|Producer||American Mathematical Society (USA)|
|Languages||English, German, French|
|Temporal coverage||Early 1800s - present|
|No. of records||Over 2,900,000|
MathSciNet is a searchable online bibliographic database created by the American Mathematical Society in 1996. It contains all of the contents of the journal Mathematical Reviews (MR) since 1940 along with an extensive author database, links to other MR entries, citations, full journal entries, and links to original articles. It contains almost 3 million items and over 1.7 million links to original articles.
Along with its parent publication Mathematical Reviews, MathSciNet has become an essential tool for researchers in the mathematical sciences. Access to the database is by subscription only and is not generally available to individual researchers who are not affiliated with a larger subscribing institution.
For the first 40 years of its existence, traditional typesetting was used to produce the Mathematical Reviews journal. Starting in 1980 bibliographic information and the reviews themselves were produced in both print and electronic form. This formed the basis of the first purely electronic version called MathFile launched in 1982. Further enhancements were added over the next 18 years and the current version known as MathSciNet went online in 1996.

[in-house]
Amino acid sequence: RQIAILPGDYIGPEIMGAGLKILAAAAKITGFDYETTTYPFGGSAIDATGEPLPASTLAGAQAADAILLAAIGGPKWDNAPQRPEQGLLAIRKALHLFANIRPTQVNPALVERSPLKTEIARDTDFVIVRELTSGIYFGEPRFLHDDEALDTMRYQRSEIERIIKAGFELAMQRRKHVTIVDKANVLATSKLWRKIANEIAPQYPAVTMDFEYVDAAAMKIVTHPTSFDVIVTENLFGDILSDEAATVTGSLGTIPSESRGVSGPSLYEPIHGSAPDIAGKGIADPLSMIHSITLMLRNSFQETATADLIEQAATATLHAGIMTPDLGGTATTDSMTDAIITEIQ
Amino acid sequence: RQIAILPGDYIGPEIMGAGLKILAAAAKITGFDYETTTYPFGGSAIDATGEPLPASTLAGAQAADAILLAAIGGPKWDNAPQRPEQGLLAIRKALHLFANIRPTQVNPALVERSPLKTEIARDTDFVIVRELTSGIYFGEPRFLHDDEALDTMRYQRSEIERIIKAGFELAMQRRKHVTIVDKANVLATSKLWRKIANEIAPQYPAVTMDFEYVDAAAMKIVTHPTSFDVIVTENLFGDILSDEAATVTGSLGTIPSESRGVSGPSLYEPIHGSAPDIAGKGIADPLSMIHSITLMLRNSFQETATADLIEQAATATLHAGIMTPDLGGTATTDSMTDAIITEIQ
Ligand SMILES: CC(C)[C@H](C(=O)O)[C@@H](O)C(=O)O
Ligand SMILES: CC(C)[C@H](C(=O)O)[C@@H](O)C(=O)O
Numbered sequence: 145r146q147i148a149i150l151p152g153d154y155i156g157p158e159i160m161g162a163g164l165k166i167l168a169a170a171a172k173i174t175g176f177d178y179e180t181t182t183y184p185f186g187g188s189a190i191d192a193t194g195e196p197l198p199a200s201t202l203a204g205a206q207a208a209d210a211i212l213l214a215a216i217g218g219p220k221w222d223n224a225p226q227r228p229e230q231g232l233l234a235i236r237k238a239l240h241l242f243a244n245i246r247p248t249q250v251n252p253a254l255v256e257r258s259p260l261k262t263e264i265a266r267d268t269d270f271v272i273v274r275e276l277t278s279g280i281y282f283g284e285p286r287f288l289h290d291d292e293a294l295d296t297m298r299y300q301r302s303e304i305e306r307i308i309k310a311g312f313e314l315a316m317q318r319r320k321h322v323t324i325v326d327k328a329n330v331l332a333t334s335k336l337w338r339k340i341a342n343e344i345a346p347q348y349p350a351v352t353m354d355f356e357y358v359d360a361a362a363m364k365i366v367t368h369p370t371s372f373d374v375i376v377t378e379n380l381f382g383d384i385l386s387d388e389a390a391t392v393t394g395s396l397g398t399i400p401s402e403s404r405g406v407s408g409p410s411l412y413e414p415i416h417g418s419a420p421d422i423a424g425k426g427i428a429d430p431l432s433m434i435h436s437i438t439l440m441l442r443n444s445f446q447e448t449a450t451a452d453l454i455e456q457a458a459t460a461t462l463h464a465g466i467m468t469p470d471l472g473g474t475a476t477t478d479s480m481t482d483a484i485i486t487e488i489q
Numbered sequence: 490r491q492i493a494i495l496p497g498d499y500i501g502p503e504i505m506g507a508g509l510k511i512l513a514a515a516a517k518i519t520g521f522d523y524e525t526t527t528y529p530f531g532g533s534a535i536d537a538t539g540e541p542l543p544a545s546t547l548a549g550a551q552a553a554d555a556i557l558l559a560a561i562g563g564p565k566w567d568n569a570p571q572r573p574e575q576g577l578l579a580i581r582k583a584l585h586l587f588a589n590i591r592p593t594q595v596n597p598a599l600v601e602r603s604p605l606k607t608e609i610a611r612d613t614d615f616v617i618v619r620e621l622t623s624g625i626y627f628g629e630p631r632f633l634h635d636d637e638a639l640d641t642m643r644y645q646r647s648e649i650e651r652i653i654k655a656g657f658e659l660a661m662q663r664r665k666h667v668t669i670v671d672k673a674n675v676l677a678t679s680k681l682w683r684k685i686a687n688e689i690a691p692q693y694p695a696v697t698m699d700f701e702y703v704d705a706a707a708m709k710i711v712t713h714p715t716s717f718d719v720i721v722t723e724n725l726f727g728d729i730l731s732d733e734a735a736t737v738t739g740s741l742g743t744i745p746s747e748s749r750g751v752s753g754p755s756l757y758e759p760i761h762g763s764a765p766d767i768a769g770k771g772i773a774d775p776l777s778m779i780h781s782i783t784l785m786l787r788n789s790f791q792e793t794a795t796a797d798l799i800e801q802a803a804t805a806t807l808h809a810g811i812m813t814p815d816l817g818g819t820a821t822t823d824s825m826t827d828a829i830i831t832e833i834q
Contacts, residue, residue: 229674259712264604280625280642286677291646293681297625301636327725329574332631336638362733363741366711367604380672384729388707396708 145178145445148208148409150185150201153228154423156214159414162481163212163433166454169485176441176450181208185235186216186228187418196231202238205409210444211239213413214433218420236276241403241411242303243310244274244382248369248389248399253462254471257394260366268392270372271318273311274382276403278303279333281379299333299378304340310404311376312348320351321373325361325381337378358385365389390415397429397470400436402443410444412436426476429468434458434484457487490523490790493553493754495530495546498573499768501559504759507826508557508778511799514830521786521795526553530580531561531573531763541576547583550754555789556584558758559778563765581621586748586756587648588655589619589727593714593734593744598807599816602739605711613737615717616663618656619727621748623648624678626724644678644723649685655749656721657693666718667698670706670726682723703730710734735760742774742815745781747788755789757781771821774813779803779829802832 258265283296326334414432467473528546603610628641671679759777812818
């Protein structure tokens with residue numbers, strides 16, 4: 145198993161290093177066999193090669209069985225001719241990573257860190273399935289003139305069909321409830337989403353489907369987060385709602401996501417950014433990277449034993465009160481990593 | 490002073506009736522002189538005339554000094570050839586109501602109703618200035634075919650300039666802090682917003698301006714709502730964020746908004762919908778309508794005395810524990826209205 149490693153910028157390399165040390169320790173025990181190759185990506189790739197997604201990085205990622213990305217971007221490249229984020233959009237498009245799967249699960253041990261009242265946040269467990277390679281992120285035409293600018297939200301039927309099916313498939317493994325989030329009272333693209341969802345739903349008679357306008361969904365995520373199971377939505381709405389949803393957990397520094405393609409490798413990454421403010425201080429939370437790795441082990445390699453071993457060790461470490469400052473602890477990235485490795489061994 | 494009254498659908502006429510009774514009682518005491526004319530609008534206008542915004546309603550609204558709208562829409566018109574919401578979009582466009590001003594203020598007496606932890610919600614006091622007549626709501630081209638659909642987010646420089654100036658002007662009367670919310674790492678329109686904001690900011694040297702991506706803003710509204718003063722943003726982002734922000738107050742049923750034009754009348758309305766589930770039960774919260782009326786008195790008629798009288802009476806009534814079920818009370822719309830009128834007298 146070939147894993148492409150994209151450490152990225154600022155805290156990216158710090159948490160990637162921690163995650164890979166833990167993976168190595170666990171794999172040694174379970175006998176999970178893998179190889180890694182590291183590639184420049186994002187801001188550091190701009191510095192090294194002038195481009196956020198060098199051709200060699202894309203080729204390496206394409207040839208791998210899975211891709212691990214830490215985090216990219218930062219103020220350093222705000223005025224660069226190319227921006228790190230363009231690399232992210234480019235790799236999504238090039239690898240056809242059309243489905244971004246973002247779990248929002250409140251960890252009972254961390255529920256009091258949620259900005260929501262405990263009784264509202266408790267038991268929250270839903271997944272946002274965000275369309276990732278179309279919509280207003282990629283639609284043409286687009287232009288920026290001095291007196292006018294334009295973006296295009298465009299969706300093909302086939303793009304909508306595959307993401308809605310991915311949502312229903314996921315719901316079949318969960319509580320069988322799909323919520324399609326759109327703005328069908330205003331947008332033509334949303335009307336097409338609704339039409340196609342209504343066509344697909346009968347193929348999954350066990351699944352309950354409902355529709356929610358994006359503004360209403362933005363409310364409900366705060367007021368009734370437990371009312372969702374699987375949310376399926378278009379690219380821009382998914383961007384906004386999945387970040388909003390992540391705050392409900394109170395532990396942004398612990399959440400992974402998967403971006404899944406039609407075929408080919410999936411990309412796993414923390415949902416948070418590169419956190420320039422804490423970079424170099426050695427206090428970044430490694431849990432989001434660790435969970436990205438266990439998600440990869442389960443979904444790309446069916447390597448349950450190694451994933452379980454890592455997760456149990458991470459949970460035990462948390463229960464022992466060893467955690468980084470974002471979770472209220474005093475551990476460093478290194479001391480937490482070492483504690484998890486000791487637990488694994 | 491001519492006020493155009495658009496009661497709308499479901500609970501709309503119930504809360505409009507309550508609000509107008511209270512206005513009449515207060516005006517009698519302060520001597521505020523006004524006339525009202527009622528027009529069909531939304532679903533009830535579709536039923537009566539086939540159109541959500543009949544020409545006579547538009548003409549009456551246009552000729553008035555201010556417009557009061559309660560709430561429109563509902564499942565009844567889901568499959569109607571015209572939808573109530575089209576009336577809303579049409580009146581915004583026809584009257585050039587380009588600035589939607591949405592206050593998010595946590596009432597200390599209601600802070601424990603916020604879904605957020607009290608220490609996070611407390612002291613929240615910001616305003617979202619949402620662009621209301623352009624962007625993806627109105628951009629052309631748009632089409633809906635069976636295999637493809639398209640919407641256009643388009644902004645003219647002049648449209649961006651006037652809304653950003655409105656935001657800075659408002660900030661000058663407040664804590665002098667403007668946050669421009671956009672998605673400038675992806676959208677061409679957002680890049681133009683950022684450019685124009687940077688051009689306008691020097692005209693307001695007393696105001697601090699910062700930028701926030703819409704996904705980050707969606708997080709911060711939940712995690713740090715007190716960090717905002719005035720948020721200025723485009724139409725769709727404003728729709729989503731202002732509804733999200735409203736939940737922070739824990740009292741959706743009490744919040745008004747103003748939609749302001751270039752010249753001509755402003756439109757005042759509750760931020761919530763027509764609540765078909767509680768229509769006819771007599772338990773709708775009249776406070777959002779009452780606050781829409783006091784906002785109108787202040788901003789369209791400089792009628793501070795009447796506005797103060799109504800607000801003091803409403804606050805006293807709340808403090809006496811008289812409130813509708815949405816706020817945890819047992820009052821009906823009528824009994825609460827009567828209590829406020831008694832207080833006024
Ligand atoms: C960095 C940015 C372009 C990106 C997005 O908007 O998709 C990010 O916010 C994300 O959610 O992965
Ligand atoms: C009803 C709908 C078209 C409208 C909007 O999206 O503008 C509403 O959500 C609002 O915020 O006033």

Unlike most other abstracting databases, MathSciNet takes care to identify authors properly. Its author search allows the user to find publications associated with a given author record, even if multiple authors have exactly the same name or if the same person publishes under multiple names or name variants. Mathematical Reviews personnel will sometimes even contact authors to ensure that MathSciNet has correctly attributed their papers.
MathSciNet contains information on over 3 million articles and over eight hundred thousand authors indexed from 1800 mathematical journals, many of them abstracted "cover-to-cover". In addition, reviews or bibliographical information on selected articles is included from many engineering, computer science and other applied journals abstracted by MathSciNet. The selection is done by the editors of Mathematical Reviews. The editors accept suggestions to cover additional journals, but do not reconsider missing articles for inclusion.
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